Despite our international reputation as a bunch of uncouth, cricket ball sanding, barbeque loving bogans, Australians are actually incredibly tech-savvy and we have consistently led the world in the adoption of new technologies. One area where this is particularly apparent is in the realm of finance. Not only was Australia the first country in the world to use polymer banknotes, but we were among the first countries to widely adopt contactless payment (e.g. tap-and-go, mobile payments, etc.)
Indeed, Australia has hit a contactless payment ‘saturation point’, Westpac reported in 2017 – over 90% of all Visa card payments made in Australia are contactless, a trend that’s continued to grow, particularly in 2020. Contactless payments have been touted as a more hygienic way of transacting compared to handling cash, swiping a card or writing cheques during These Unprecedented Times.
Not that many people write cheques these days. According to the Reserve Bank of Australia, 52% of payments are made by car (of which 66% are contactless), 37% by cash and only 0.2% by cheque. When credit cards were first introduced, cash often still beat card for convenience, especially when it came to small purchases. But now that contactless payment methods are so widespread and so accessible, credit has supplanted cash as the go-to for small payments. You can pay for anything from a chiro visit to a coffee in seconds and not have to worry about carrying around change.
Contactless payment poses a real threat to physical currency, particularly right now when there’s heightened concerns about hygiene. On top of that, credit is widely considered to be safer and more environmentally friendly than cash. Of course, we haven’t even begun to talk about online payment, which makes up another 13% of all payments, and is another payment method that doesn’t rely on real-world dollars and cents.
Being that we’re usually so ahead of the curve with these things, does that mean cash won’t exist in Australia in a few year’s time? Most Australians would probably agree that they could live without it, but one expert suggests that we shouldn’t be so quick to give up our cold hard cash. Economics Explained, an Australian finance YouTube channel with over 624,000 subscribers, dissects how moving away from cash entirely could have unforeseen consequences for Australian consumers.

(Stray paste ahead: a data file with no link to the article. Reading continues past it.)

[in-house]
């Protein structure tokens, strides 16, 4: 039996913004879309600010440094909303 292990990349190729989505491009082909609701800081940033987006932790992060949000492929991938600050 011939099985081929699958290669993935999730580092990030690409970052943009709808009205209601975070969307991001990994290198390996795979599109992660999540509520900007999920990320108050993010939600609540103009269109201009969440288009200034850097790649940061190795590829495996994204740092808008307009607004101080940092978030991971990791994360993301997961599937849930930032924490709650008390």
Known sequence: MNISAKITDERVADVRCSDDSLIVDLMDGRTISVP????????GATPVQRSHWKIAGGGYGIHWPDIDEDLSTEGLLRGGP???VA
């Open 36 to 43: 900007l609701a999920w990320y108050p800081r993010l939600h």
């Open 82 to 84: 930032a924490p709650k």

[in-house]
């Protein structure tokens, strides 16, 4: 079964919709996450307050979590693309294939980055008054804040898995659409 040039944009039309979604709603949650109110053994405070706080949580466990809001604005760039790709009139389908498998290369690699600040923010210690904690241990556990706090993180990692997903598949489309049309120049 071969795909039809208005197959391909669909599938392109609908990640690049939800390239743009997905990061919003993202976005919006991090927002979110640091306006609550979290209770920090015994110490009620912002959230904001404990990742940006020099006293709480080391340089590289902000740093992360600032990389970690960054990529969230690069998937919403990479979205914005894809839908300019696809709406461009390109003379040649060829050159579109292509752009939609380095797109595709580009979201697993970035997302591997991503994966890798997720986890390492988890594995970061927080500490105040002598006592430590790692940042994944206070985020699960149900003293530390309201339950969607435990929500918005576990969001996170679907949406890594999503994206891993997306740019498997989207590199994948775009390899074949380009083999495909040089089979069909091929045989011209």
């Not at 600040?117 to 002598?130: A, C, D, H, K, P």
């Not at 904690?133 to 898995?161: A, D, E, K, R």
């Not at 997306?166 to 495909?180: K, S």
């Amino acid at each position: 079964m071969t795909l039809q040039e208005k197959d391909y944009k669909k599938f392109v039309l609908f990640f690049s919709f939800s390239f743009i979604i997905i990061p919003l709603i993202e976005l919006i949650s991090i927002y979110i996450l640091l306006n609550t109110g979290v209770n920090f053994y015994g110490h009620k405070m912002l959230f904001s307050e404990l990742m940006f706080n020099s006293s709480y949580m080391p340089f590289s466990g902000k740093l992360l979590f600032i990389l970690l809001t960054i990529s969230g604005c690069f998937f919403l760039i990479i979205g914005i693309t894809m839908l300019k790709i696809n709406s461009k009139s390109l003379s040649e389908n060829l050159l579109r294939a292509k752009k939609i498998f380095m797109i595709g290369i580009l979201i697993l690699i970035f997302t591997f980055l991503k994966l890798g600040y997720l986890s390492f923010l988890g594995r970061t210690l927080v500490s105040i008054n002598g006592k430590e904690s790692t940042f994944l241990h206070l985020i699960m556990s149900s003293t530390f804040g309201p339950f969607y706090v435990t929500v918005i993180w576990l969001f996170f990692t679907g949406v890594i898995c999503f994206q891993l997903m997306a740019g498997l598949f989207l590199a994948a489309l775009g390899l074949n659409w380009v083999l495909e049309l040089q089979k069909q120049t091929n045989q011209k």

His video covers a lot, and is definitely worth a watch in full, but we’d like to focus in on two main angles: value and privacy.
The first major problem with moving to a cashless society is that consumers will be at the mercy of merchants. When you pay by card, whether that’s credit or debit, businesses attract transaction fees. Sometimes businesses will simply note that they add a surcharge for card users, but it’s more common that they’ll pass on that fee to consumers by raising prices – which affects those who pay by cash, too. Effectively, those who use cash subsidise those who use credit, and if we ditch cash entirely, that won’t happen any more. It’ll also allow merchants to raise their prices, because they won’t have competition from cash.
The other major problem Economics Explained mention about going cashless is the privacy angle. He compared how in China, mobile payments such as AliPay and WeChat Pay are prolific, and unlike Western services like Apple Pay don’t charge a transaction fee. However, they do collect a huge amount of data about what you’re purchasing, with the Chinese government effectively subsidising the difference in order to continue their surveillance.
Indeed, that’s one of the main reasons cash still gets used: it’s anonymous, which is precisely one of the main reasons financial institutions and governments are so keen to get people to go contactless. Fraud – whether that’s getting paid cash in hand for painting a fence or organised crime raking in millions in ill-gotten gains – is something governments are obviously keen to stamp out. Businesses too want to collect our data in order to sell more stuff to us. The issue is that we can’t always trust governments or businesses to handle our personal information.
The cashless society argument effectively boils down to inconvenience/sustainability vs price/safety. Are we happy to deal with the hassle of manufacturing and transacting with physical currency if it means lower prices and more personal privacy? It’s hard to say. Consumers already readily give up their privacy in exchange for goods and services. That’s how social media works: you get to use this thing for free in exchange for companies targeting you with advertising.
Alternatively, you could eschew both options entirely and just invest in gold – although that comes with its own issues…